CIPD in the News: from navigating the end of COVID 19 restrictions in England to making work a more reliable route out of poverty

A round up of the CIPD’s latest work championing better work and working lives

During the month of February, the CIPD shared its expertise on a range of key workplace issues. 

This included contributing to public policy conversations on the menopause at work and ethnicity pay reporting, as well as reacting to the lifting of COVID 19 restrictions in England and what such changes mean for employers.

Making work a more reliable route out of poverty

The CIPD has launched a brand-new web hub to raise awareness of the role employers can play to help tackle in-work poverty. In collaboration with the Joseph Rowntree Foundation, the web hub helps employers understand the measures they can take to support their workforce.

The hub was endorsed by organisations including the Living Wage Foundation, the Work Foundation and the Money and Pensions Service. Higher than average engagement rates and a number of positive comments on both Twitter and LinkedIn confirmed just how important it is for the CIPD to be exercising its voice and influence on this issue. As one commentator said:

‘I see a lot of content on my timeline about poverty in all its forms. But I think this is the first time I’ve seen a campaign aimed at employers and asking them to do something about in-work poverty. Well done @CIPD for raising this’.  

Shaping public policy on the menopause at work and ethnicity pay reporting

CIPD experts are regularly called to the UK’s Houses of Parliament to give evidence to Select Committees, which are set up to investigate specific issues and make recommendations to Government.

In January, Charles Cotton, CIPD Senior Policy Advisor, gave oral evidence to the Women and Equality commission on ethnicity pay reporting. The resulting report was published this month and echoed the CIPD’s call for mandatory ethnicity pay reporting, as reported by a number of news outlets including the Guardian and People Management.

In February, the same Committee gathered evidence on the case for making it a legal requirement for all employers to have a menopause policy, and for making the menopause a protected characteristic under the Equalities Act. The CIPD's Senior Policy Advisor, Claire McCartney, provided written and oral evidence on the vital role that workplace menopause policies and support frameworks can play, but stopped short of calling for this to be a legal requirement. She said mandatory policies risk being too prescriptive and could encourage employers to take a tick-box approach that doesn’t enable real change in workplace cultures and practices. She also argued that better enforcement of the existing provisions of the Equality Act would provide much better protection from discrimination than introducing any new laws.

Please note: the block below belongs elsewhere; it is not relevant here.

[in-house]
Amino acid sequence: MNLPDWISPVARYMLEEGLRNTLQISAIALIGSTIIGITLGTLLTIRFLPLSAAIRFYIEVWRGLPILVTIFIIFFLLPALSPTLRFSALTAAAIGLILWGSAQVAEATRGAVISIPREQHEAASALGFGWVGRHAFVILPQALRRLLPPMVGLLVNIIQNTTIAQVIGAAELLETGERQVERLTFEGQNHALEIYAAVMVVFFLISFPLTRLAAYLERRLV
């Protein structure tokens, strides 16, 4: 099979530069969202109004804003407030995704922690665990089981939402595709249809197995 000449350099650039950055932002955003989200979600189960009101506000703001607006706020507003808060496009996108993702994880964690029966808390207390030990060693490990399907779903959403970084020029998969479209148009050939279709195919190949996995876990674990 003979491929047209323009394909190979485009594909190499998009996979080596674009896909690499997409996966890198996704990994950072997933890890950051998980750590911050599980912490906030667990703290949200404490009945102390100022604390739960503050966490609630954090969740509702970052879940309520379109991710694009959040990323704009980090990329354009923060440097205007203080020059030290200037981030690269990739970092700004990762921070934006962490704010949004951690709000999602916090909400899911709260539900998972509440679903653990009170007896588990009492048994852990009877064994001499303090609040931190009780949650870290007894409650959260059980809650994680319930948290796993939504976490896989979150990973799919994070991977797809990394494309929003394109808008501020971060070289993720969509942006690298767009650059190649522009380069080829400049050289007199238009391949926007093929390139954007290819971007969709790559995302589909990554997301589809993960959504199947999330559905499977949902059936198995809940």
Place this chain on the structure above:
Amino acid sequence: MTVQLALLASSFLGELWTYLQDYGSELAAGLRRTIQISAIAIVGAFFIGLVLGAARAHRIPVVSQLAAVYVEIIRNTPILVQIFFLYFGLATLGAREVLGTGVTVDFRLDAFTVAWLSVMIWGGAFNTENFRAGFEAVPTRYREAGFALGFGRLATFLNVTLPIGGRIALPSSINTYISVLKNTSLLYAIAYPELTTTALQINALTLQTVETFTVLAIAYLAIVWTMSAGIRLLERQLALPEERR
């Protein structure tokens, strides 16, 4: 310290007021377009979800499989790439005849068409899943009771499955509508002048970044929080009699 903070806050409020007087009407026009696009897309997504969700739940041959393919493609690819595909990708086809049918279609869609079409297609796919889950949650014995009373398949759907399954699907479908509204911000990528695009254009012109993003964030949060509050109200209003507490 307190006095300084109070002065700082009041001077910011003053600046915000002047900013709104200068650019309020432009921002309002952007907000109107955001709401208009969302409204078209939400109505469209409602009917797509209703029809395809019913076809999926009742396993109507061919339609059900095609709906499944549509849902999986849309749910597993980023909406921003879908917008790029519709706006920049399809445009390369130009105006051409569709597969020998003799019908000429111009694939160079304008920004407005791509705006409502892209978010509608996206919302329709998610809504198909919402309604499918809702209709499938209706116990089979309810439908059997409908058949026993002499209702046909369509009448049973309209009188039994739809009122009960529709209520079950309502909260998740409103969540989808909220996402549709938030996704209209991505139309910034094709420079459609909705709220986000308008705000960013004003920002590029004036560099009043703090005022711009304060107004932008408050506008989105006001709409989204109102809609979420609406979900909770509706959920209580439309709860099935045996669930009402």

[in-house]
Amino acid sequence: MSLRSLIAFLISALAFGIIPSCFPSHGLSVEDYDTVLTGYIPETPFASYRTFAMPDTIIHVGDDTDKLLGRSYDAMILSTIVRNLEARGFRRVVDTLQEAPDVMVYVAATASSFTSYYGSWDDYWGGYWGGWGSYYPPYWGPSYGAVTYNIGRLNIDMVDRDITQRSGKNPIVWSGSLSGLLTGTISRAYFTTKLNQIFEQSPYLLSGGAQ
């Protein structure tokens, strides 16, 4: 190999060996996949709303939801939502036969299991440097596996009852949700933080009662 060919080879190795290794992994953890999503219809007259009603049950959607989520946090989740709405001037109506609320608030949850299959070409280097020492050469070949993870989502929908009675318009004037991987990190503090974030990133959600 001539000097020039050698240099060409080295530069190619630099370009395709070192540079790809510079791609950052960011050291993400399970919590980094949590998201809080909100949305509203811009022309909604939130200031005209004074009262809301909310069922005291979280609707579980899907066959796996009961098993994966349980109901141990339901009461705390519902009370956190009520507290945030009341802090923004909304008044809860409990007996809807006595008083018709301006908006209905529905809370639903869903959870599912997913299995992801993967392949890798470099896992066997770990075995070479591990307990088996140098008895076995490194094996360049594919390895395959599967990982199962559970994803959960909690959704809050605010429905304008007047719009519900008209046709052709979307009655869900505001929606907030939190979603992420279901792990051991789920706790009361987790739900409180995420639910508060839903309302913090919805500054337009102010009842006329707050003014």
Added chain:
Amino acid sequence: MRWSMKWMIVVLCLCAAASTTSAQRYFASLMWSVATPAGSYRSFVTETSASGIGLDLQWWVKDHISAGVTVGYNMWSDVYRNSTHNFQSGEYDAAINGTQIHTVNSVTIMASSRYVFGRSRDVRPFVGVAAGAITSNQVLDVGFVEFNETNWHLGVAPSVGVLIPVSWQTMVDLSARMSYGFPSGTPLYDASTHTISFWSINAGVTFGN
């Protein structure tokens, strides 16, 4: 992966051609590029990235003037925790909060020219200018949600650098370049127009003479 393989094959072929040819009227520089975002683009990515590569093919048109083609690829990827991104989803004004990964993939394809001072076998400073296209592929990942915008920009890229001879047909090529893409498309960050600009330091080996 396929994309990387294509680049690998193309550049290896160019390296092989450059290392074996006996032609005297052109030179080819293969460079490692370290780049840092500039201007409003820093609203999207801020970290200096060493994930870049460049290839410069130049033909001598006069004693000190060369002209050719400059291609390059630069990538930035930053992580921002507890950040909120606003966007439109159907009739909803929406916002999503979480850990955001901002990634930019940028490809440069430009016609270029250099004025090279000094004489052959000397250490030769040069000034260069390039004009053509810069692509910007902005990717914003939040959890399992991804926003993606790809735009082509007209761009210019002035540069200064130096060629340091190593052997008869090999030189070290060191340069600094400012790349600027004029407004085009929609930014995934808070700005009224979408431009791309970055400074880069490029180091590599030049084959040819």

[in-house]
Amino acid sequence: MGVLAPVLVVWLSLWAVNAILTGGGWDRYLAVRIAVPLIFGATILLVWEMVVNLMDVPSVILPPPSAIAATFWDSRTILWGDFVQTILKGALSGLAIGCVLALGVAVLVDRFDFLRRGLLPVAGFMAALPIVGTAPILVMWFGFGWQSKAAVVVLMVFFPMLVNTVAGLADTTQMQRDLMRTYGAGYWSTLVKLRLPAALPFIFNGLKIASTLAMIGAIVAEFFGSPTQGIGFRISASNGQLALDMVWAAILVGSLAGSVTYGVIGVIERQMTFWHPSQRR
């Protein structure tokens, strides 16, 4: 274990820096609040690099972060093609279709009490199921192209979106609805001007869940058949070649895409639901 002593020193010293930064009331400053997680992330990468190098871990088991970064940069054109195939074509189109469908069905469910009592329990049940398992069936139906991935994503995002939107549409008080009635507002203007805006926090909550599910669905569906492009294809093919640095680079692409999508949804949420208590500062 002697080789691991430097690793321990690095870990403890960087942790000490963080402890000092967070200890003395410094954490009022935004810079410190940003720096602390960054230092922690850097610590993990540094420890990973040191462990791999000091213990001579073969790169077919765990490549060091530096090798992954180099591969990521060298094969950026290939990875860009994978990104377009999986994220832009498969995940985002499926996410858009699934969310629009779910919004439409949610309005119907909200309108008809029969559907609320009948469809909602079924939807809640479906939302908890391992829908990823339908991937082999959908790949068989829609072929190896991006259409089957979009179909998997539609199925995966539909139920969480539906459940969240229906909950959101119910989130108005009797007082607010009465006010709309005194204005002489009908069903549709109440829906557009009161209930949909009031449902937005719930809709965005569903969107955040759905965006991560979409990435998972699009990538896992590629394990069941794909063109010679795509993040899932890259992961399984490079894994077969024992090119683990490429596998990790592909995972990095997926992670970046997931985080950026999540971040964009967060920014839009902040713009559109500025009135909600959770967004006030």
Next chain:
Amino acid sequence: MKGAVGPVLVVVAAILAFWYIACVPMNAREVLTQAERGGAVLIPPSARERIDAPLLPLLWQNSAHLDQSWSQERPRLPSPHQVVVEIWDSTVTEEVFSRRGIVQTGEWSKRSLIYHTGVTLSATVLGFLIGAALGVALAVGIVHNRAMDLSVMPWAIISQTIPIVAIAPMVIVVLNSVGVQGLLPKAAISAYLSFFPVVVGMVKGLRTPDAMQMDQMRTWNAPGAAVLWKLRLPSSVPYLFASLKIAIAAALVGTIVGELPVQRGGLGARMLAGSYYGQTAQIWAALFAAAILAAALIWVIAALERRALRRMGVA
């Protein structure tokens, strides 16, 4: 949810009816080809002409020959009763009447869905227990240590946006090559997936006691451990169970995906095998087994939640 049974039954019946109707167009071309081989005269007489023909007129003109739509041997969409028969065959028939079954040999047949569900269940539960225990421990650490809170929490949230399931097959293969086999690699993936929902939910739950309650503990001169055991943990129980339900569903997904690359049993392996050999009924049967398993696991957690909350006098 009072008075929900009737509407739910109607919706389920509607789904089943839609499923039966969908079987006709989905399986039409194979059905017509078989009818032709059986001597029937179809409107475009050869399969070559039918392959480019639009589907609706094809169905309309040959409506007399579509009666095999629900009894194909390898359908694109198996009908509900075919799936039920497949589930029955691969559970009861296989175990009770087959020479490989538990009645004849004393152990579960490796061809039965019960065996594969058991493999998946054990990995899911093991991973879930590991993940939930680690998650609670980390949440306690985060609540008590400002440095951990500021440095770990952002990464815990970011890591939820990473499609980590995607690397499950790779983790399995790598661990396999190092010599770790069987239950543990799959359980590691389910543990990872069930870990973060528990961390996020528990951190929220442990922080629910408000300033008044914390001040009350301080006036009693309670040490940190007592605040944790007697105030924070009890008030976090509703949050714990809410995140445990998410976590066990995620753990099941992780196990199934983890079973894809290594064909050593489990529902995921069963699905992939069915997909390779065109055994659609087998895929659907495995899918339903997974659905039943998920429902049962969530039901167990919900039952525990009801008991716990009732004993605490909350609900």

Highlighting the impact of long COVID on employee wellbeing and performance 

The CIPD launched its Working with long COVID report, to help organisations effectively support employees with long COVID to return to and stay in work. An estimated 1.3 million people across the UK are experiencing self-reported long COVID and there is an increased demand for employee support from organisations and people professionals. 

The Financial Times and Mail Online reported that a quarter of UK employers cite long COVID as a major cause of long-term work absence. HR Magazine, People Management and Personnel Today also covered these issues at length. The Independent reported that the long-term effects of long COVID are impacting employee performance.  

Helping employers navigate the lifting of COVID restrictions  

February saw the end of COVID-19 restrictions across England and the CIPD quickly reacted to the news with updated guidance. The removal of all legal restrictions will have knock-on consequences for employees and their organisations, and the CIPD warned that employers will need to make tough decisions to minimise the impact.  

Ben Willmott, CIPD Head of Public Policy, was quoted in the Guardian: ‘There are real costs, hidden costs of not paying statutory sick pay at a reasonable rate. The onus is likely to shift to employers to decide how best to manage the risk of COVID in the workplace.’ 

Ben also commented on the impact lifting restrictions could have on businesses for a piece in the Telegraph. Peter Cheese, CIPD Chief Executive, was also interviewed on BBC News, Channel 5 live and Sky News.  

Shining a light on employers’ response to the tight labour market

The CIPD’s quarterly Labour Market Outlook is one of the most authoritative employment indicators in the UK . It provides policy makers and media commentators with forward-looking data and analysis on employers’ recruitment, redundancy and pay intentions. The report is always highly anticipated by media, and the latest was no exception.

The Winter 21-22 report found many employers are raising pay and offering more work flexibility to boost their recruitment and retention efforts. This caught the attention of a wide range of national, regional and trade media outlets including Sky News, LBC, the Guardian, The Times and The Scotsman. The CIPD’s Labour Market Economist, Jon Boys, was also invited to discuss the report’s findings and latest employment figures on BBC Radio Scotland (2 hours 35 mins).

Responding to coronavirus

As we continue to deal with the ongoing fallout from the coronavirus pandemic, the CIPD continues to collate and publish updated resources to support the people profession

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